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A compilation of essays and comments by concerned pastors, theologians and laypersons, challenging denominations who are denying Christ’s resurrection, ‘demythologizing’ Scripture, blessing same-sex relationships, ordaining non-celibate homosexuals.
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The namesake of this network, “WordAlone,” is taking on more meaning for me these days. I don’t remember much about the history of how that name was determined and as a “WordAlone” board member; I haven’t thought a lot about that word until recently. The reason I’ve been pondering “WordAlone” as of late has to do with the state we are in regarding the nature and authority of the Word of God.
It’s not that this is a new issue. The nature of and authority of the “Word of the Lord” are as old as our history. Currently, however, the issue is rising to the surface in new ways. Of course, the debates over how the Scriptures speak to the issue of homosexuality highlight this. But the beginnings of the latest rounds of debate over the doctrine of the Word in the Lutheran church took place in the early 1980s as preparations were made for the merger that formed the Evangelical Lutheran Church in America.
I have watched for words that signal to me a reason for concern.
Regardless of the issue, when people refer to the Scriptures and say things like “we have moved beyond the ancient writings” or “beyond the Scriptures, we must take into account what science, tradition and human experience have taught us,” our Lutheran ears ought to perk up. It’s not that people of the Word have not and cannot learn much from the world around them.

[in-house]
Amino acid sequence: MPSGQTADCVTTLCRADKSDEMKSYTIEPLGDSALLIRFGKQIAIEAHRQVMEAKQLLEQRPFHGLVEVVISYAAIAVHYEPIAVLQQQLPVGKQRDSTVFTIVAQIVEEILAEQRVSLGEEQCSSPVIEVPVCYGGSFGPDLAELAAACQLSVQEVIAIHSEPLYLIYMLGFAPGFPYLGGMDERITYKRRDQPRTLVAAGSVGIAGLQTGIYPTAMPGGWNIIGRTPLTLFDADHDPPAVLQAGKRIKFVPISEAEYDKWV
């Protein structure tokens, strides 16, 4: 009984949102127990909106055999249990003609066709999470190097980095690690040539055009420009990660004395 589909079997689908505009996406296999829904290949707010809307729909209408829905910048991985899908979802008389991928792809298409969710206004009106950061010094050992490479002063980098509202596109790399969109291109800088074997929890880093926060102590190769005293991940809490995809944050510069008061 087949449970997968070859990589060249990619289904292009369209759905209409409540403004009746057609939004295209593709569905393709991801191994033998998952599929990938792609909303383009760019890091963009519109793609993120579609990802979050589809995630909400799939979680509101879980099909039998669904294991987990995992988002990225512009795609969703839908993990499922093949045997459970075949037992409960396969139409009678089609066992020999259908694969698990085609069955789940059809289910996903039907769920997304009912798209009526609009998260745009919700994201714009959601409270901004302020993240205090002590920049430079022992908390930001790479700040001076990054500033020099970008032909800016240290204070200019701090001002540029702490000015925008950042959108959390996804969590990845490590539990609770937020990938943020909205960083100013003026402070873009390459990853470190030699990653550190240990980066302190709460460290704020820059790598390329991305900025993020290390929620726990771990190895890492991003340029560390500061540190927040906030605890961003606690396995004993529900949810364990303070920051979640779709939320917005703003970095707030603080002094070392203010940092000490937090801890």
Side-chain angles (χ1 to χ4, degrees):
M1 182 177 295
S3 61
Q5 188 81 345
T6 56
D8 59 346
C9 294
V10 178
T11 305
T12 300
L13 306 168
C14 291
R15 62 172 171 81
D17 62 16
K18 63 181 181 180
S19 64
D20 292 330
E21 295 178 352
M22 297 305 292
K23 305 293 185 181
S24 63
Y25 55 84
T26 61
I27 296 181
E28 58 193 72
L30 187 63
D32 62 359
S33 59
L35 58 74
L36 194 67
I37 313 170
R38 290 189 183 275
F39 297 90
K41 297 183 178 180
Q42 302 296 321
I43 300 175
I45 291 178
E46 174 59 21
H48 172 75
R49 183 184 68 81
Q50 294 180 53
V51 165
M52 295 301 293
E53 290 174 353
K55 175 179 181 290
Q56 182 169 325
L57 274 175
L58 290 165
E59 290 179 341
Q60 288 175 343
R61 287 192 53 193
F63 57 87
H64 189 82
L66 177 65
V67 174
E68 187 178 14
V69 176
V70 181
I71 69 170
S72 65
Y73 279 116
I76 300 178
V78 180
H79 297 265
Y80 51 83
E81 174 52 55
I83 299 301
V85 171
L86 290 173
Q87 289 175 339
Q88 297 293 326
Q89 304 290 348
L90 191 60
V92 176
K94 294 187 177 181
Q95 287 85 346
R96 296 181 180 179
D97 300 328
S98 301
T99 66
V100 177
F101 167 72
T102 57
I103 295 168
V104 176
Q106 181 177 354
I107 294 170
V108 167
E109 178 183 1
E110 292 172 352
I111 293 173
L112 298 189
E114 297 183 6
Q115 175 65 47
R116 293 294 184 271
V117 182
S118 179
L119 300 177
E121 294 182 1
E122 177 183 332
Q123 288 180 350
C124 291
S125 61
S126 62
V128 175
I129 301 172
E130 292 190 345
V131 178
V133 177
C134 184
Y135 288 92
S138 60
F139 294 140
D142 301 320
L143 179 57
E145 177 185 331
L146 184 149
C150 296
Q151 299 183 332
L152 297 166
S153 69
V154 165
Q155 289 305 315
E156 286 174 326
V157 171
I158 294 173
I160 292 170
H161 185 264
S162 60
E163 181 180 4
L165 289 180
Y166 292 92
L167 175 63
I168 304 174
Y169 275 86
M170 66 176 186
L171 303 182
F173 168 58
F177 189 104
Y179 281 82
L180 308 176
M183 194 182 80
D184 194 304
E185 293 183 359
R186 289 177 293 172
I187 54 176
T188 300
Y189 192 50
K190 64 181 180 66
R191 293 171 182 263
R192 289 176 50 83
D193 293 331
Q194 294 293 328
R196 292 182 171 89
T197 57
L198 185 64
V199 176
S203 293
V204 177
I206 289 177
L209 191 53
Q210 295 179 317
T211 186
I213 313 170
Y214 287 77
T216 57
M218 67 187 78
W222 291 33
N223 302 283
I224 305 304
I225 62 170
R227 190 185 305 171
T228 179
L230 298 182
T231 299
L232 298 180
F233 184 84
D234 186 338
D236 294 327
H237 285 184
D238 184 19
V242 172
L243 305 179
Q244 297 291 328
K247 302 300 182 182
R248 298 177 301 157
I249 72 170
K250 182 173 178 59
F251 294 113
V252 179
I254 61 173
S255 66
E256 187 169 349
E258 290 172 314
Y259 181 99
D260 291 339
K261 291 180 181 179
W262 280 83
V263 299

Wisdom and insight are gifts of God. Luther gifted the Church with a doctrine of vocation that clearly shows that God has called us to be priests in the “secular” world. Jesus has commanded us to love God with our minds.
The words, however, that catch my attention are ones like, “moved beyond the Scripture.” Is there an underlying assumption of progression and improvement here? Is there a cultural arrogance afoot? Is there hidden here an implication that the Word of God (being ancient and all) needs improvement or an update that, of course, only enlightened people like us can offer?
Lutherans are pretty clear about what we mean by authority when it comes to the Word of God. When we talk about the Word of God, we mean some basic things. The Word of God is an external Word. It comes not from within but from without. It has the power to actually do what it claims to us and for us. It is “where the buck stops.” There is no further appeal. It is the end (of the old) and the beginning (of the new). It establishes its own authority over us. It is the Word primarily meant to be spoken and proclaimed. Its ultimate goal is to set sinners in bondage free. This is the particular authority of the Word of God.
It is not the authority and the freedom often spoken of as self-chosen lifestyles and personal preferences. And it is not an authority that functions as something of a legal document, bolstered by human words (for example, inerrancy) that we attach to it. It is as alive as the risen Lord.
Authority as we talk about it in relationship to the Word of God is much different. The Word of God is never something we “move beyond.” It is always something beyond us and over us. Likewise, the authority of the Word of God is not something we give or take away. It is always a peculiar kind of authority that is established over us and in us by God. Its authority is most properly given as a proclaimed Word.
We can debate all we want about Biblical interpretation and hermeneutics. It is an important and helpful exercise. But if you really want to get at what Lutherans mean by the “authority of the Word of God,” it’s quite simple. Regularly place yourself in the pathway of the Word of God, surrounded by other sinning, believing, people of God. Then be prepared for the Word to do exactly what it promises to do. Namely, to put to death our self-centered ambitions and desires and bring to life a new self.
This new self discovers a new authority. There is none higher. Thank God for that!
This new and living authority causes sinners to freely confess that there is no freedom, no life and no identity outside of Jesus Christ. There is no moving beyond that. This is what makes the Word stand alone. And since we’re talking about the Lord of the universe, why in the world would you want to “move beyond” Him, even if you could?